The new gentrifiers have also, surprisingly, re-created Brooklyn’s identity as an industrial center, locating commercial kitchens, artists’ lofts, and crafts studios in retrofitted factories in Sunset Park, Gowanus, and downtown Brooklyn. If they have to commute to work, they want to ride their bicycles, which is easier to do if you don’t have to cross the East River. (Brooklyn may be one of the only places in the world that occasionally offers valet bike parking.) Many have started their own boutique firms. In its report, the Center for an Urban Future also noted that “freelance businesses have been a faster growing part of the Brooklyn economy than employer-based businesses.”
Friday, April 10th, 2015
Awareness of Chicago’s massive financial hole seems to dawned on the public fairly recently. Crain’s did a story on the debt 2010. The Tribune did a big series on Chicago’s recently. There’s been a ton of national analysis of it. But a hole this big didn’t get dug overnight. Were there any events or signs along the way that could have tipped off Chicagoans that something was fundamentally awry?
I believe there was.
Years back I remember reading an article talking about a Taubman mall that was going to open without a Gap in it. Google pulled up this one from 2001, so this may be it. At the time, Gap was a juggernaut. They could basically dictate terms to mall owners, so important was a Gap to any mall’s success. Here’s what the linked article has to say:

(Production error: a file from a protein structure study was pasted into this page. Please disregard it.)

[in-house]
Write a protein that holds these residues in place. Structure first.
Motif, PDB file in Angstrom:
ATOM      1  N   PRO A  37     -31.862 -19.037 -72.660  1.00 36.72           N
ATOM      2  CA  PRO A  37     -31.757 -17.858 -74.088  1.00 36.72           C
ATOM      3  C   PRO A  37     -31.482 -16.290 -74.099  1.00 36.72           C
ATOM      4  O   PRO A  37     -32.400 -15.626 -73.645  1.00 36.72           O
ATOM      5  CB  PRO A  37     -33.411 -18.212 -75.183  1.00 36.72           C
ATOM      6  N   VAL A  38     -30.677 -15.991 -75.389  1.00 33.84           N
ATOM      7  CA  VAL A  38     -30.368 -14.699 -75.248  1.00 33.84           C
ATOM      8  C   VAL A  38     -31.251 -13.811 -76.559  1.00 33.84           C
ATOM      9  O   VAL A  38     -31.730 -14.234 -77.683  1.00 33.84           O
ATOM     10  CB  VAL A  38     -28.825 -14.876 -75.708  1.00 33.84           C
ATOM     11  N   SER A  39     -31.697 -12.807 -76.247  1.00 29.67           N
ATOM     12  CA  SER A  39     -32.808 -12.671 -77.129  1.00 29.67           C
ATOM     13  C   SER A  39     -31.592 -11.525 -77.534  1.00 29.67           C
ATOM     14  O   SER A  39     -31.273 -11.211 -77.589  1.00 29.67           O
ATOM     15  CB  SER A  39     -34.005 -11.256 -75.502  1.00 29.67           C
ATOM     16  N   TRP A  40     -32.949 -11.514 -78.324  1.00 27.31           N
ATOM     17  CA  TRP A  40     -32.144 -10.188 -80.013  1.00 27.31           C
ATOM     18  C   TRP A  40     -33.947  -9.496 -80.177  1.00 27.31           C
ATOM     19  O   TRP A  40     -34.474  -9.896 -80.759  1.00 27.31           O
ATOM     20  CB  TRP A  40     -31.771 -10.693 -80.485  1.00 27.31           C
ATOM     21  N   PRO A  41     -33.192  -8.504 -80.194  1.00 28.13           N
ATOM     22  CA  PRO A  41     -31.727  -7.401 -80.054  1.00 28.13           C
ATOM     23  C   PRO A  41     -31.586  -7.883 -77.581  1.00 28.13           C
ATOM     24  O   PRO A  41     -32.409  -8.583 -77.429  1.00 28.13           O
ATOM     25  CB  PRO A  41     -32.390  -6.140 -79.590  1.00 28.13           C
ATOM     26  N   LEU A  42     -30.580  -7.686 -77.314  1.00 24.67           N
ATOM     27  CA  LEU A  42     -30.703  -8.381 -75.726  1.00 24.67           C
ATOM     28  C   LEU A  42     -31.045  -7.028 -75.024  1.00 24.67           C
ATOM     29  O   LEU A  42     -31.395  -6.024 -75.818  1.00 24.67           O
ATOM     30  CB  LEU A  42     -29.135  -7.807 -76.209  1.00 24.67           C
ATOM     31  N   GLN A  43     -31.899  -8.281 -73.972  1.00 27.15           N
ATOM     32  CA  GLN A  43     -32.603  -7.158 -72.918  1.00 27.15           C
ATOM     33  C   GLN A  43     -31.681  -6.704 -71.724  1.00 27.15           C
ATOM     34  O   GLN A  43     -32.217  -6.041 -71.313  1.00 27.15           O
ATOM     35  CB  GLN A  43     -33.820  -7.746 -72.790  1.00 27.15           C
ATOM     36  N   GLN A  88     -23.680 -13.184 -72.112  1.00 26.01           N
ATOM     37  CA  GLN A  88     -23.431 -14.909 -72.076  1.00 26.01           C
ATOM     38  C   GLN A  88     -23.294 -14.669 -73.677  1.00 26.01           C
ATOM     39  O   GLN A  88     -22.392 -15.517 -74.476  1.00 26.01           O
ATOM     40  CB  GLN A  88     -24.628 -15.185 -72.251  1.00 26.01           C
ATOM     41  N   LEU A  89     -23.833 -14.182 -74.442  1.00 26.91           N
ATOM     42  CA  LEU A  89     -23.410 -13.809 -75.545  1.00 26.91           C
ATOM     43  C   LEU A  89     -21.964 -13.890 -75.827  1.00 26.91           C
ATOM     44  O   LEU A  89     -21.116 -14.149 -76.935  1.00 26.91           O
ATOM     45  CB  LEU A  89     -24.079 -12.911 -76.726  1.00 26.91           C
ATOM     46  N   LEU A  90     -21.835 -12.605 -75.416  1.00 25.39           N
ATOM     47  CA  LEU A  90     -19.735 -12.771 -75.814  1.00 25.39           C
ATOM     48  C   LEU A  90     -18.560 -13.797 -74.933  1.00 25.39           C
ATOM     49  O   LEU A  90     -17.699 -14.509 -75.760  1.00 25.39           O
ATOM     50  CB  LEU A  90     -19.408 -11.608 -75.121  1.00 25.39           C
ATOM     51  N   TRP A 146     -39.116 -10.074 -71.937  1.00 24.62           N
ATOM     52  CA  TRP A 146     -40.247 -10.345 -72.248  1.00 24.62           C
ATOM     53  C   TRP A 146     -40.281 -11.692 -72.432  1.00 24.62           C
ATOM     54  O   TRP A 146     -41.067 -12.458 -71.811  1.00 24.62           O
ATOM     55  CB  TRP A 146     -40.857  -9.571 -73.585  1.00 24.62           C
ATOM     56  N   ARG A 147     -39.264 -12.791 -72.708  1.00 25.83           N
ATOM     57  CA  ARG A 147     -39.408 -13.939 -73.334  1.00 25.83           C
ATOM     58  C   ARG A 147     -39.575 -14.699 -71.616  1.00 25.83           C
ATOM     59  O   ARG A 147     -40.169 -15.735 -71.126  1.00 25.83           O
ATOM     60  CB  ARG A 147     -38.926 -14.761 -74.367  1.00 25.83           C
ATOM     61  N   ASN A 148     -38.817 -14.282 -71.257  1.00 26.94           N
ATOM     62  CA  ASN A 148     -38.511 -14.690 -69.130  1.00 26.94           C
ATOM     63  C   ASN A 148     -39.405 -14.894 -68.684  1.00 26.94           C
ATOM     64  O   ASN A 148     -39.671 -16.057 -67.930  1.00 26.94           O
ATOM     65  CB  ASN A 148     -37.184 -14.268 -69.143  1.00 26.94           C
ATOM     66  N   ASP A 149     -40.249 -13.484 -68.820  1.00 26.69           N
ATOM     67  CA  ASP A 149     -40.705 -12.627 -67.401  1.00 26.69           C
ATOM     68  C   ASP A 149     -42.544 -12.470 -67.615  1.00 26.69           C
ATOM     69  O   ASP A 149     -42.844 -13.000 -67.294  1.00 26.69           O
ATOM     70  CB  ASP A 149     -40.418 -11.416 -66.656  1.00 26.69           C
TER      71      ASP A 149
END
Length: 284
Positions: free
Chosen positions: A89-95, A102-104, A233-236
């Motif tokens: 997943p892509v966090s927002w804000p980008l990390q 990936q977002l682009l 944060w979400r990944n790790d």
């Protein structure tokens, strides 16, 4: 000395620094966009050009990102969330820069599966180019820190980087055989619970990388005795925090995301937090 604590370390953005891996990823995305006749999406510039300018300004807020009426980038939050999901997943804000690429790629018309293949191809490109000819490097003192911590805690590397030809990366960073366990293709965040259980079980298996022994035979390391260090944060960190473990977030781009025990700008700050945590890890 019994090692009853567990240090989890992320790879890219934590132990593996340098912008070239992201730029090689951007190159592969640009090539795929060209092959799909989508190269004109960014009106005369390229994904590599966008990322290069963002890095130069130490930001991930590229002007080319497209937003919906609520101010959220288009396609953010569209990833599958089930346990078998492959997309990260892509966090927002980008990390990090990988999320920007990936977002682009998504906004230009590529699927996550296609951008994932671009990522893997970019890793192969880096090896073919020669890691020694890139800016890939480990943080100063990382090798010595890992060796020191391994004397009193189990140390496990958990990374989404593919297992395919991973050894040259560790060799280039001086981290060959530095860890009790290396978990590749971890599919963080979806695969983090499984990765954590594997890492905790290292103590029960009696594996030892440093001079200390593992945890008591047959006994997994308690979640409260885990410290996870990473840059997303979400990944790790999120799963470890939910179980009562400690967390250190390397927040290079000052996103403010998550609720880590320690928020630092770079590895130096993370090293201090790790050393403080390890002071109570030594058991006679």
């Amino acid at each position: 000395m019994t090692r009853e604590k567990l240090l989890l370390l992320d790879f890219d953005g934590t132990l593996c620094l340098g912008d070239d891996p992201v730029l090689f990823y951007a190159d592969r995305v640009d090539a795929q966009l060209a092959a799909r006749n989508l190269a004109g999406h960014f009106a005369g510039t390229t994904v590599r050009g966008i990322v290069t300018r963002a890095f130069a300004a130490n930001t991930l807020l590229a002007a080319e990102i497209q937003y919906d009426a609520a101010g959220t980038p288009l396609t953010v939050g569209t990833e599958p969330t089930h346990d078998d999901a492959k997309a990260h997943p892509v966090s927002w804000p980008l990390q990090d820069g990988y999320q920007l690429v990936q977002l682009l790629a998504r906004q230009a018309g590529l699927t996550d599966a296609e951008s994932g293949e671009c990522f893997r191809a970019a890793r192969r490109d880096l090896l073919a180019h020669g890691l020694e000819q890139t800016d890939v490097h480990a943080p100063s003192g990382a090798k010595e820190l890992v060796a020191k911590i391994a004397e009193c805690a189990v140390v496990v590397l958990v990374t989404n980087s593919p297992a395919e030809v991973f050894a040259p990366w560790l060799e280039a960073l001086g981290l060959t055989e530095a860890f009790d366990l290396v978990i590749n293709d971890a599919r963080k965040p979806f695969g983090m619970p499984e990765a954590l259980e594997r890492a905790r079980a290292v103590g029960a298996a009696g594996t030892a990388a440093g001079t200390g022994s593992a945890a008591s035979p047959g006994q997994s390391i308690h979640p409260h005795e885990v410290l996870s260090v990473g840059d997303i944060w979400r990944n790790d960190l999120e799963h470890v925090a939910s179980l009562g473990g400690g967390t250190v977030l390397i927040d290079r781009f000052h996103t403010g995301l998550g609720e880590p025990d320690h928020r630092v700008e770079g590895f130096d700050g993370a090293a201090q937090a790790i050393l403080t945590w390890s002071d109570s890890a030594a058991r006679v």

The two largest mall developers–Simon Property Group Inc. and General Growth Properties Inc.–have already capitulated to some of the retailer’s [Gap’s] demands…Taubman could have more to lose by not having Gap stores in its malls than Gap would lose by not being there, said Steven Greenberg, head of Greenberg Group, a real estate consultant to retailers. “It is extremely difficult to have a successful retail center today without a Gap,” he said.
The article is illuminating and I recommend reading the whole thing. Because as it turns out, this event was really signalling that the end was nigh for Gap. The retailer ended up going into a tailspin from which it never recovered its position. Had a shrewd investor seeing how this lease dispute played out shorted Gap, he would have made a mint.
I believe a similar signalling event occurred in Chicago on the night of March 30, 2003. That was the night that Mayor Daley sent in the bulldozers to dig big X’s into the runway at Meig’s Field airport, to make happen its closure via fait accompli when he could not get it through the political process.
While some were outraged at the time, few appreciated the significance of the event. It was a big signal that something had gone seriously wrong with Daley and Chicago. While some dubious tactics such as using long term bonds to pay for litigation settlements began a bit earlier, 2003 is where the wheels started to come off the city. It just took another 5-7 years before people realized it.
Kristi Culpepper recently posted an eye-opening look at Chicago’s disturbing finances. (Don’t let the fact that this is on Tumblr deceive you – she’s legit). She notes that: “There has been a structural gap in Chicago’s Corporate Fund budget since at least 2003.”